15 March 2006

February is normally very slow. Even the diehard regulars of the Delegates Lounge split to another haven, like the Viennese Cafe in the basement where they could at least bump into someone lost looking for a meeting room.

Yet, this year nerves were tested and turf contested when that month Security Council President U.S. Ambassador John Bolton wanted to review procurement finances and sexual exploits in peacekeeping operations -- usually a domain of the General Assembly. The largest grouping of members headed by South African Ambassador Kumalo contested the attempt to commandeer the issues. A letter from two U.S. Senators, Hyde and Lantos served only to fuel the dual. Some wondered whether the Secretary General, who had just visited Washington and met his friend Congressman Lantos, had anything to do with it. After some dithering, it was mentioned that Mr. Annan had received a copy of the letter, period. The actual President of the Assembly disappeared -- only for a few days until a press encounter jointly with the Secretary General provided a wide range of non-answers which managed not to provoke anyone. All member states have a right, nay a responsibility, to deal with crucial current issues, the awaiting media was told. While Mr. Annan generally accommodated all concerned, it was the Assembly President who had more at stake. You see, he is discreetly (if that is the word) running for Secretary General. All that Hammarskjold 100 years commemoration was being craftily channeled to remind everyone how a Swede could run the U.N. in the most admirable way. Only Eliasson is no Hammarskjold, though he doesn't seem to know it. He is told by professional opportunists around him that he's the one. And being the One, he will need the support of the Security Council and the agreement of General Assembly members. Caught in the middle, he first ducked, then issued a statement through a wonderfully giggling secretary. When it was not clear whether he was coming or going, he took to walking determinedly up and down the escalator between his office on the second floor and the press area on the third floor, shaking hands profusely with anyone in-between.

Eventually, someone had to deal with substance. The amount of $255 million may sound like peanuts compared to billions of Food-For-Oil; but it is a lot of money. Sexual exploitation of young women and men those peacekeepers were entrusted to protect is a serious violation of human values by any standard.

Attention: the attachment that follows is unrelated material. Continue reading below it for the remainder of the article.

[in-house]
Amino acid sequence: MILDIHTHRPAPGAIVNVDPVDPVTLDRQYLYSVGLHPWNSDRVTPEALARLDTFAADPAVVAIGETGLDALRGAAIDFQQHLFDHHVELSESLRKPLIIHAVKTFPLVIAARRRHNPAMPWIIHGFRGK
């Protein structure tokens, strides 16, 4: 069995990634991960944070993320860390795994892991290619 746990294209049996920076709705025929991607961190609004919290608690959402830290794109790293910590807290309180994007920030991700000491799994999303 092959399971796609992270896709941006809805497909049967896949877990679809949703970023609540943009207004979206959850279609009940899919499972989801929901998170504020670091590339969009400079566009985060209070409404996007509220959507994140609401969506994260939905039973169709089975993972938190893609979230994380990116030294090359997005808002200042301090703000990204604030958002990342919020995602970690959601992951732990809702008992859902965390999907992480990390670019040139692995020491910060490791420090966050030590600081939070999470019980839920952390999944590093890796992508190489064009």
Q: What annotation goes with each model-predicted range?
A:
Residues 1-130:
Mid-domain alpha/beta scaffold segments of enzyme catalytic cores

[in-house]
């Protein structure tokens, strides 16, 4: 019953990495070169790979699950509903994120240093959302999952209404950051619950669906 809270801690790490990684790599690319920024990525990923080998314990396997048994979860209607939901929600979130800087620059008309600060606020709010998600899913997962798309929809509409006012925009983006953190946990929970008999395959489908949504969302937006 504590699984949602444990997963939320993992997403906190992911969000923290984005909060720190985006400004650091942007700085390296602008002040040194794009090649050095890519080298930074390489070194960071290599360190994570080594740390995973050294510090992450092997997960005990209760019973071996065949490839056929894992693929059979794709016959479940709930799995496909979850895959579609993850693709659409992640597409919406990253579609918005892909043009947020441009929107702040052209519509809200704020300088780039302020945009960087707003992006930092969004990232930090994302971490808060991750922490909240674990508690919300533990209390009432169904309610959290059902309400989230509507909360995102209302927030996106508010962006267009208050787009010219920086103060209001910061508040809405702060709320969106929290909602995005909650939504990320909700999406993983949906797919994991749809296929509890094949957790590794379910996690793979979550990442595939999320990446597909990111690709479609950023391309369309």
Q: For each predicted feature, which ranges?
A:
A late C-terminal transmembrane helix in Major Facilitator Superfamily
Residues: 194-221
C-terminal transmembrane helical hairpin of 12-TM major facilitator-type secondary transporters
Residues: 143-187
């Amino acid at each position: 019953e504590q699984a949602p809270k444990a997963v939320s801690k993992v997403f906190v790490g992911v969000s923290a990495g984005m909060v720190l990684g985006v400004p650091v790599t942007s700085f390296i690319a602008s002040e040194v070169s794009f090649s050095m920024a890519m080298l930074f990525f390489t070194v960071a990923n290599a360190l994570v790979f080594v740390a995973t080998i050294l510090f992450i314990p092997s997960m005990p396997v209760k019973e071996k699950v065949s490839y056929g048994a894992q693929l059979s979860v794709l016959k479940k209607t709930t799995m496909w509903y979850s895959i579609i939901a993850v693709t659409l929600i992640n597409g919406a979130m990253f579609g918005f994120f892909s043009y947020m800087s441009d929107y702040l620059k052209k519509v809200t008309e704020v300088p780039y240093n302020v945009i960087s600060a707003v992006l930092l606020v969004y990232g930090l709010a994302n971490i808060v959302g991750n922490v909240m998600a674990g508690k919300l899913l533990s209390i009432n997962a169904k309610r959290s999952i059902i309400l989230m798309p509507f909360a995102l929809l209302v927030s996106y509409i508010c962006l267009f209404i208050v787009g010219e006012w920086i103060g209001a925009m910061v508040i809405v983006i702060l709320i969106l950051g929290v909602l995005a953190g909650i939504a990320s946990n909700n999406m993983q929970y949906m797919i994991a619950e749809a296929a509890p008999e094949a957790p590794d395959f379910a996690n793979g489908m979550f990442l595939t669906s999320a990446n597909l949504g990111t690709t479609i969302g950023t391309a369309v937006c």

Chef de Cabinet Mark Malloch Brown was entrusted with addressing the issues at the Security Council. That was a wise choice, considering the alternatives. A first step in handling any problem is admitting it existed. Mr. Malloch Brown did so from the outset. We are extremely concerned, he said; we have to deal with real problems that need real investigation; and until we have those investigations results, we cannot sleep easy. Now, while we know there is a problem, we think it has to be put in a much more appropriate scale. Moving to specifics, he deflated the misappropriations of procurement millions from scandalous fraud to mismanagement and waste, stressing that action was being taken to address the broader underlying weaknesses.

Shoring up defence lines, Mr. Malloch Brown reminded delegates that U.N. Peacekeeping was done on the cheap; it was by far much less expensive than national government's missions abroad. He also stressed that the vast majority of U.N. people are honest, hard working and committed to implementing mandates faithfully, often at a cost of great personal sacrifice and risk. "The challenge now is to work together to build a system that permits them to do their jobs as effectively as possible, while management and member states have the information, tools and resources to ensure proper accountability and oversight," he said. Well said.

Having dissuaded Security Council members from raising hell, Mark Malloch Brown then persuaded the gathering reporters to give his U.N. Secretariat colleague a break.

For a couple of days, it looked again like a normal February of yesteryear -- too good to be true. Other players had to get into the act. Another Council meeting had to hear about some peacekeeping scoundrels offering two eggs or $5 per sexual encounter together with one briefer stressing his incoherent "remediation" strategy while appealing to member states to send "an uncompromising message" against prostitution -- as if there was a message for it and as if they not him are in charge of operations in the field.

Enfin. Two steps backward, yet one step forward. That's life in these chaotic yet challenging days at our beleaguered yet beloved U.N. in our cold yet sunny February in New York.